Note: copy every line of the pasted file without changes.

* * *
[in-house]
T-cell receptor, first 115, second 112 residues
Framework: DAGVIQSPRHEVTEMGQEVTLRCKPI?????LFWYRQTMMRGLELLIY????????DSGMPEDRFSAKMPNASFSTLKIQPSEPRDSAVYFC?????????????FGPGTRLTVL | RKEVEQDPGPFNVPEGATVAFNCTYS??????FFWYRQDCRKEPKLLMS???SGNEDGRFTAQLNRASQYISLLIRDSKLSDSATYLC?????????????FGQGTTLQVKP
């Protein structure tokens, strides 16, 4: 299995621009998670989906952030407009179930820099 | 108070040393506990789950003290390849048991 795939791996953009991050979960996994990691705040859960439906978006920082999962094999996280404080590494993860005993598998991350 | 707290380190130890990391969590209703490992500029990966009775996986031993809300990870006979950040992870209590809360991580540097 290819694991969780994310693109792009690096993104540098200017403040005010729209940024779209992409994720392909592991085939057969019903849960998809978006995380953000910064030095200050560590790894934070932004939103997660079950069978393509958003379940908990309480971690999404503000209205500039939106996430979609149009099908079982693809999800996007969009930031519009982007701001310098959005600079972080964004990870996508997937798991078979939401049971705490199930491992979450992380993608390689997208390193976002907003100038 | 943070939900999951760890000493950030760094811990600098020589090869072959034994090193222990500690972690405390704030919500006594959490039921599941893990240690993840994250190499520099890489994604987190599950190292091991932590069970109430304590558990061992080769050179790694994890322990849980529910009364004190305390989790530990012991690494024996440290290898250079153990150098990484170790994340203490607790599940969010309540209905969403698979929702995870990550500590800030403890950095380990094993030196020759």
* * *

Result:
[in-house]
T-cell receptor, first 115, second 112 residues
Framework: DAGVIQSPRHEVTEMGQEVTLRCKPI?????LFWYRQTMMRGLELLIY????????DSGMPEDRFSAKMPNASFSTLKIQPSEPRDSAVYFC?????????????FGPGTRLTVL | RKEVEQDPGPFNVPEGATVAFNCTYS??????FFWYRQDCRKEPKLLMS???SGNEDGRFTAQLNRASQYISLLIRDSKLSDSATYLC?????????????FGQGTTLQVKP
């Protein structure tokens, strides 16, 4: 299995621009998670989906952030407009179930820099 | 108070040393506990789950003290390849048991 795939791996953009991050979960996994990691705040859960439906978006920082999962094999996280404080590494993860005993598998991350 | 707290380190130890990391969590209703490992500029990966009775996986031993809300990870006979950040992870209590809360991580540097 290819694991969780994310693109792009690096993104540098200017403040005010729209940024779209992409994720392909592991085939057969019903849960998809978006995380953000910064030095200050560590790894934070932004939103997660079950069978393509958003379940908990309480971690999404503000209205500039939106996430979609149009099908079982693809999800996007969009930031519009982007701001310098959005600079972080964004990870996508997937798991078979939401049971705490199930491992979450992380993608390689997208390193976002907003100038 | 943070939900999951760890000493950030760094811990600098020589090869072959034994090193222990500690972690405390704030919500006594959490039921599941893990240690993840994250190499520099890489994604987190599950190292091991932590069970109430304590558990061992080769050179790694994890322990849980529910009364004190305390989790530990012991690494024996440290290898250079153990150098990484170790994340203490607790599940969010309540209905969403698979929702995870990550500590800030403890950095380990094993030196020759």